Why knowing the source of water is important
One of the first things I ask a customer, often before I leave to go to their home or business, is, “Where did the water come from?”
This is one of the most important things for me to know when getting ready to come out. There is a difference is how I treat clean water versus sewage, for example. In our industry we categorize water based on source, how much time it has been there and the temperature. The difference is contamination.
Once we have determined the source we can figure out how to proceed.
Different categories of water
Category 1 water
Category 1 is water that one could confidently drink. Minimally contaminated water is the easiest for us. We extract it out of carpet and pad, get everything ready to dry and use airflow, heat and dehumidifiers to get the water out. We may have to remove some baseboards and drill some holes but there is no demolition, cleaning or decontamination involved.
Sources of category 1 water can be clean water supply lines, drinks, potable water tanks rupturing, rain that is up and down and snow.
Category 2 water
Water is category 2 when it has some contamination, but not a lot. It is not likely for you to get sick if you are exposed to it, but you don’t want to let to much get on you. Water from a toilet bowl is the best example of this. You wouldn’t want to drink it, but a dog doesn’t care and doesn’t get sick from it.
It is important to know what you have to remove in this case. We have to remove some building materials but not other. For example, when a carpet gets wet we pull the carpet back, remove the pad, spray an anti-microbial and dry the carpet to be re-installed. Easier said than done but it’s what we do and it saves the carpet.
Sources can be sink overflow, sump pump failures, sink overflow, washing machine discharge and bathtub overflow.
Category 3 water
Category 3 water has gross microbial and chemical contamination. This is water that will make you sick or potentially injure you. When you think category 3 think of sewage. This water will make you sick. Category 3 water can have any form of bodily fluid, acids, poisons, radioactive waste, heavy metals or drugs in it. It is hard to tell if you are downstream from a hospital, butcher or laboratory so when you see that you have sewage in your basement you don’t want to go anywhere near it even if the water is clear.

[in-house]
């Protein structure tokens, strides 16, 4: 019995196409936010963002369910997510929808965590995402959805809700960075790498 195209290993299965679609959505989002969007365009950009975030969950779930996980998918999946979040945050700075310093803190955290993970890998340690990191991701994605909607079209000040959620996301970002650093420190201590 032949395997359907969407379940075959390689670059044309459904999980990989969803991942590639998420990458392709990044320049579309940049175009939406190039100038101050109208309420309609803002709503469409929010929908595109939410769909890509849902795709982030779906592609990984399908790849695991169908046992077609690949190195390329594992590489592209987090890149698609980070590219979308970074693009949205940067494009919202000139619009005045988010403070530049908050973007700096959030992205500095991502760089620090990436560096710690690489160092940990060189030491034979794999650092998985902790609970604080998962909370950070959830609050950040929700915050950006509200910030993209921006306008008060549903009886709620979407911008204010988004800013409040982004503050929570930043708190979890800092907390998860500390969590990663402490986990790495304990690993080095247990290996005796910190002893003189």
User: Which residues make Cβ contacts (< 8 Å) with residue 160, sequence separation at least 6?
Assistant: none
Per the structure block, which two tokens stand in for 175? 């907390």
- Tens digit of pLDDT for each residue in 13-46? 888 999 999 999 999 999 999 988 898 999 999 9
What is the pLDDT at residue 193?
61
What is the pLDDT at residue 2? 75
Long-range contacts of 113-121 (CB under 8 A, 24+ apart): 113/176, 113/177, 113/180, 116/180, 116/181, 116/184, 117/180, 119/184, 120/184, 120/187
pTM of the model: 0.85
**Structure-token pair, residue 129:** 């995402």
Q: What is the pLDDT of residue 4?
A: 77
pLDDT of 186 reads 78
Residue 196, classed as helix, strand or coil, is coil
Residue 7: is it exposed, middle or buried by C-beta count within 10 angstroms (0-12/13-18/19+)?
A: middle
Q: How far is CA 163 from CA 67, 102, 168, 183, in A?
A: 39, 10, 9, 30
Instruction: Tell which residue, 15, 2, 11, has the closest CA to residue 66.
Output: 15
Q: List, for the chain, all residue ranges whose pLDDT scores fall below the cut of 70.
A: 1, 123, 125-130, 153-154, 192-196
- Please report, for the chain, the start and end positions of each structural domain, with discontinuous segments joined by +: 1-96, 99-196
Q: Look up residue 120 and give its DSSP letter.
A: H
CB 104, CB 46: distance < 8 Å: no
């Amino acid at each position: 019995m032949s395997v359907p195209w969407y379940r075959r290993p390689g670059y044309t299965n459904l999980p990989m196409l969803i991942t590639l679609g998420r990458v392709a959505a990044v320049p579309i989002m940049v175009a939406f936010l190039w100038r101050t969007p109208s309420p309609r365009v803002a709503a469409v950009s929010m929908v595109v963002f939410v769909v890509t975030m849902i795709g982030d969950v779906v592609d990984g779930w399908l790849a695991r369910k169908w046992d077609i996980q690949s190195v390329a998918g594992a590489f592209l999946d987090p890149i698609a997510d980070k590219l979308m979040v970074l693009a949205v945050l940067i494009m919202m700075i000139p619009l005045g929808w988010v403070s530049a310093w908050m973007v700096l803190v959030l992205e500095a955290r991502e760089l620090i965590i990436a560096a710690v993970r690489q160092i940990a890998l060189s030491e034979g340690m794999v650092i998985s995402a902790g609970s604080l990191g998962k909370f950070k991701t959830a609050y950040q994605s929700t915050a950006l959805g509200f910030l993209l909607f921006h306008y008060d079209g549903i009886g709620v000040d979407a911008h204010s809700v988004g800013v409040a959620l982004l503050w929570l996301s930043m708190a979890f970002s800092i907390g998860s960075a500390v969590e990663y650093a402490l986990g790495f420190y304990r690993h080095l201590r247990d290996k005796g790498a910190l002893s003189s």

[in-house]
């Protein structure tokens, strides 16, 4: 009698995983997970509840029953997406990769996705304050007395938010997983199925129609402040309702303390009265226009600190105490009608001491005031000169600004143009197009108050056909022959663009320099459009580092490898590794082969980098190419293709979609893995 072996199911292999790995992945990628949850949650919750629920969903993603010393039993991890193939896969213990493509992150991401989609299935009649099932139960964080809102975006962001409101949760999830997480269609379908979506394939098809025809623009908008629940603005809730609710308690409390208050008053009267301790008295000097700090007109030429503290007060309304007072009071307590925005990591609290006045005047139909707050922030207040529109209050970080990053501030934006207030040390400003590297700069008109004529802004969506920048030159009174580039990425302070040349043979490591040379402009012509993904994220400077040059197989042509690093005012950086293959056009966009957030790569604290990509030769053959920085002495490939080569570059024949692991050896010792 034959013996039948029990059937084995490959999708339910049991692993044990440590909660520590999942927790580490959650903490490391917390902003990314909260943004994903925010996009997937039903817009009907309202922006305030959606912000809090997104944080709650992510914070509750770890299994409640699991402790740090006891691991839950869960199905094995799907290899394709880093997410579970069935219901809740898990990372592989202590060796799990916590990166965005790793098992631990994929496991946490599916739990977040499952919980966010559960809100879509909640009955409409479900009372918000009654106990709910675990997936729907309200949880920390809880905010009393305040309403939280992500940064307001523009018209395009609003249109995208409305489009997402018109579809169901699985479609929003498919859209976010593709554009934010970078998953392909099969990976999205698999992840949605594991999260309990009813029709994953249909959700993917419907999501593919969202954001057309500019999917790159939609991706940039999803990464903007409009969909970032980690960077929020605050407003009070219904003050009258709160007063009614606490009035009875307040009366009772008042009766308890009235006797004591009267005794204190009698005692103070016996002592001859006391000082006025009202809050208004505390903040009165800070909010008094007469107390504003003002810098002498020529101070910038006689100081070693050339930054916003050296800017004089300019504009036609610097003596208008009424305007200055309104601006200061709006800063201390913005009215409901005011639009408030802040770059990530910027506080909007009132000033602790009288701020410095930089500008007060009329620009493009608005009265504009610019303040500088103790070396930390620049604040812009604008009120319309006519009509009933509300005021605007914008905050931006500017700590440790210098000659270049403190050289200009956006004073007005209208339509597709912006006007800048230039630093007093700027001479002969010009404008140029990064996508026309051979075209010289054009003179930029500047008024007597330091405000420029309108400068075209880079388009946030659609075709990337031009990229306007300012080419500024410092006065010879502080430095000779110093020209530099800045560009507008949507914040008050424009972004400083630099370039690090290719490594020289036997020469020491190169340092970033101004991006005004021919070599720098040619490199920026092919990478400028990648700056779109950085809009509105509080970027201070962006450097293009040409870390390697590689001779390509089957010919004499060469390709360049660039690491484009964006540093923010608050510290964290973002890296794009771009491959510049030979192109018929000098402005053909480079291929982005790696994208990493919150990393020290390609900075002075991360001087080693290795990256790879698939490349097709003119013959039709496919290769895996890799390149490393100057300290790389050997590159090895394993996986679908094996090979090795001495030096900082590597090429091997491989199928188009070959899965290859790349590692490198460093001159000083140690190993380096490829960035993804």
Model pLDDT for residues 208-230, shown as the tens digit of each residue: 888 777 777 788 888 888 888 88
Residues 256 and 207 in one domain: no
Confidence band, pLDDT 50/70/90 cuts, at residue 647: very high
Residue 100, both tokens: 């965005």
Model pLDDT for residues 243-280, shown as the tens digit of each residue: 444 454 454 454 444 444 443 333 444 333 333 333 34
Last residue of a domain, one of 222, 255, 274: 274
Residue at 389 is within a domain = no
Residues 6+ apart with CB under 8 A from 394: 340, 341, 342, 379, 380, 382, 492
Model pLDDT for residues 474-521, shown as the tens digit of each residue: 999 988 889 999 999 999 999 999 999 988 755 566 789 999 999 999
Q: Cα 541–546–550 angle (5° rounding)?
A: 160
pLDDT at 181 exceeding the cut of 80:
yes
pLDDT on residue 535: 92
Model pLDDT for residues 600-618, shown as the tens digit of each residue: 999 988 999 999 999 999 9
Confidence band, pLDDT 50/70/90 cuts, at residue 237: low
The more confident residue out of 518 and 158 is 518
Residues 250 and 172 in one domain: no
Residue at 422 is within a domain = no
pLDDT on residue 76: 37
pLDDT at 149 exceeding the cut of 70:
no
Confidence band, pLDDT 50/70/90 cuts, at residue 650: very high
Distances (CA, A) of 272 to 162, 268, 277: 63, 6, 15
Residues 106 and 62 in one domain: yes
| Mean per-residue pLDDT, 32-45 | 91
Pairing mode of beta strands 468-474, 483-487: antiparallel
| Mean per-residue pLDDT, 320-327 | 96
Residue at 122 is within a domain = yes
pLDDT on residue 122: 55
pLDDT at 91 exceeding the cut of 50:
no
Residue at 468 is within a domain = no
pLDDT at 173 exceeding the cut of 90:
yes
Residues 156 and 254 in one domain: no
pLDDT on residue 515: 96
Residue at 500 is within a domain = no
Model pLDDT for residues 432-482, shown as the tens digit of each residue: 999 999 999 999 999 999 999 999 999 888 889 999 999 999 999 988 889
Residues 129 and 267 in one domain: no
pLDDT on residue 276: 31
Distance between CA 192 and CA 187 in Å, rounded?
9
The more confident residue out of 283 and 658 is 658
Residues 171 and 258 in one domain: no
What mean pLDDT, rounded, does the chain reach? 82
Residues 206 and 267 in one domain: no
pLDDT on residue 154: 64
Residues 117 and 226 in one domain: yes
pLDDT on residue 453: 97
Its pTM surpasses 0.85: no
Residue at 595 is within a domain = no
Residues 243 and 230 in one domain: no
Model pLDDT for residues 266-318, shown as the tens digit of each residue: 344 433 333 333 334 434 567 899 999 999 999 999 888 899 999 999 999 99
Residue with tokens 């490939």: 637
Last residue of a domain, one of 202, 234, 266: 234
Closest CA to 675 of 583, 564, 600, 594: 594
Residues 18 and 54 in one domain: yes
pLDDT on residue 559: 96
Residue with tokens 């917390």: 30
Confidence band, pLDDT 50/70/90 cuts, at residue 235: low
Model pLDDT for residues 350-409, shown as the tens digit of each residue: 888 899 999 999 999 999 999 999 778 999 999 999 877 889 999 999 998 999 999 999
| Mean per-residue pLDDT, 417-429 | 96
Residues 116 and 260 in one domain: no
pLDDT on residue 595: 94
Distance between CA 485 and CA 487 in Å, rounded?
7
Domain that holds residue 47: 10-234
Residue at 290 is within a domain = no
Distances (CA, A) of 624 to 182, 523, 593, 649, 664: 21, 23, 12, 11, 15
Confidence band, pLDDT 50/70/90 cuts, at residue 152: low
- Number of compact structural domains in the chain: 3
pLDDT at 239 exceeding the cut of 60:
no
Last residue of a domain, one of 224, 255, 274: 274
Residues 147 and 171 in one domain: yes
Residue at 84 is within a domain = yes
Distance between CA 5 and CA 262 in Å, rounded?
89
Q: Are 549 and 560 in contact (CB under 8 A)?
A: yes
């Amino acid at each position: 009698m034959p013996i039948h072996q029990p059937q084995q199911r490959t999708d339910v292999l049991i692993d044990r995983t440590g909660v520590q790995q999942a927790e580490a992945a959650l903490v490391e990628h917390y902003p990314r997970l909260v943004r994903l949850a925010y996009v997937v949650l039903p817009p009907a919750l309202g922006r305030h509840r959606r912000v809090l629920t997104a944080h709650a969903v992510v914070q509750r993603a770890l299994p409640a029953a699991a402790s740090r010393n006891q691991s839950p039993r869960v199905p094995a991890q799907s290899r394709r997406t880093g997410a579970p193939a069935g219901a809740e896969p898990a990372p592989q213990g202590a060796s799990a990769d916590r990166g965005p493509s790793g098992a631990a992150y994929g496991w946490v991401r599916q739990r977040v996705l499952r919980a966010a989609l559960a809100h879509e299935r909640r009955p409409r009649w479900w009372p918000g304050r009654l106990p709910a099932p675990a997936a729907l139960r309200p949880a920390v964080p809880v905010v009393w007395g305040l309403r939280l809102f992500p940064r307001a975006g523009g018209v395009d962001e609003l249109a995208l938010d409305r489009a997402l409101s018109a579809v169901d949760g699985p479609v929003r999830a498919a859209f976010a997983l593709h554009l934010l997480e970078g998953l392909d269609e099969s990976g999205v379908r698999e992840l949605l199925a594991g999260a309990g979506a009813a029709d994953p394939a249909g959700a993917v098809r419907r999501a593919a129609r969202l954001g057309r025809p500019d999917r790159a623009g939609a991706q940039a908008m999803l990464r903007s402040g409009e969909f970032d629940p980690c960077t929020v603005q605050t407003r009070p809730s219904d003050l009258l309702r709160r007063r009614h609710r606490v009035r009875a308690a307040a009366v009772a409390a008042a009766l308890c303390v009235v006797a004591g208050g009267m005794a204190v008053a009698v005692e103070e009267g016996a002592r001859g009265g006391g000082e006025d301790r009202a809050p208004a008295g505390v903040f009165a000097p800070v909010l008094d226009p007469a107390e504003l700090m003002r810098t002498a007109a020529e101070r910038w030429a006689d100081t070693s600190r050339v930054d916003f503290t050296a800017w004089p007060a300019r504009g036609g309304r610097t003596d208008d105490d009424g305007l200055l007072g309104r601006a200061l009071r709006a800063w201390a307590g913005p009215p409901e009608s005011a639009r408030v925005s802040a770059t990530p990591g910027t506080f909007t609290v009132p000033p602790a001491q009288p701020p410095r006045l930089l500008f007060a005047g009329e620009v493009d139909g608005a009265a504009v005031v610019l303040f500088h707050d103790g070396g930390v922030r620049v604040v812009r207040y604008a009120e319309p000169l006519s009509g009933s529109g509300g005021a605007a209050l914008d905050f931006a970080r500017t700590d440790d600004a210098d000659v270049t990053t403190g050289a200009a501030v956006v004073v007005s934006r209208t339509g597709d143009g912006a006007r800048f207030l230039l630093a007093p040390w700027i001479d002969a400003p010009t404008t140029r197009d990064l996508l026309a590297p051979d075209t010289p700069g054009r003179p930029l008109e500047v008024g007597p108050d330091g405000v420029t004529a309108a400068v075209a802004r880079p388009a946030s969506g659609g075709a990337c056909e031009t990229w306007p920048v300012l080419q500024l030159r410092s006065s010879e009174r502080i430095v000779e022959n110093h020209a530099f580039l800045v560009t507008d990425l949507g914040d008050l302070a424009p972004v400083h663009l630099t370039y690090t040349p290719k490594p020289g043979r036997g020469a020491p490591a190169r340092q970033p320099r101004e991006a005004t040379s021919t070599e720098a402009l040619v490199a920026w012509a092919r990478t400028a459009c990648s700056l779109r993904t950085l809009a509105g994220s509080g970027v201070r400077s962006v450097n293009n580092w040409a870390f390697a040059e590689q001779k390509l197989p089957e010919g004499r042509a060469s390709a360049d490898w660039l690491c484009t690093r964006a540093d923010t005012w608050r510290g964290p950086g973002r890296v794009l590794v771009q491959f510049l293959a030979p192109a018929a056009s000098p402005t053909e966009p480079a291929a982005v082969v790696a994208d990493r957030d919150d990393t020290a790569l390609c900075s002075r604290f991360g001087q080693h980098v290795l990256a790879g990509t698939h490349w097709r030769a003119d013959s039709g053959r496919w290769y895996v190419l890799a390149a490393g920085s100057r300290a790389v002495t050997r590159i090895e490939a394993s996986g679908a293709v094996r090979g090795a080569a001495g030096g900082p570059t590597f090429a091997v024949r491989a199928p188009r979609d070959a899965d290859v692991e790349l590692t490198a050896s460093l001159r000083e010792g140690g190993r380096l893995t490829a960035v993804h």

In cleaning this out of your basement we get pretty aggressive on removing materials. Porous building materials will absorb and hold all of this contamination. Any building materials that easily absorb water must be removed, like carpet, drywall, press-board or laminate flooring. There is no safe way to clean these out.
Examples of sources of category 3 is sewage backups, flood water, fish tank spill and horizontal rain.
Can water category change?
In short, yes. The main factor is contamination. In a class I have done we had a debate on if category 1 water becomes category 2 when it hits the floor. The conclusion was it depends.
Three main factors can change category: Time, Temperature and Pre-existing conditions.
Let’s take a frozen pipe burst as our example:
If the water flows for several days before being noticed we can expect it to start growing mold. It goes from being category 1 to 3 within 4 days at room temperature.
If that water freezes and becomes an ice sculpture we can still treat it like category 1 once we thaw it out.
Some pre-existing conditions that could change the category would be mold that is already there, or pet accidents. That pristine water could be the roomba that cleans up fido’s little mess and makes it ten times worse.
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To stop flooding or keep as much water out of your home or business before it starts, see our previous article for steps you can take in advance to reduce damage. You can also contact us for a free estimate on ways to prevent flooding around your home or business.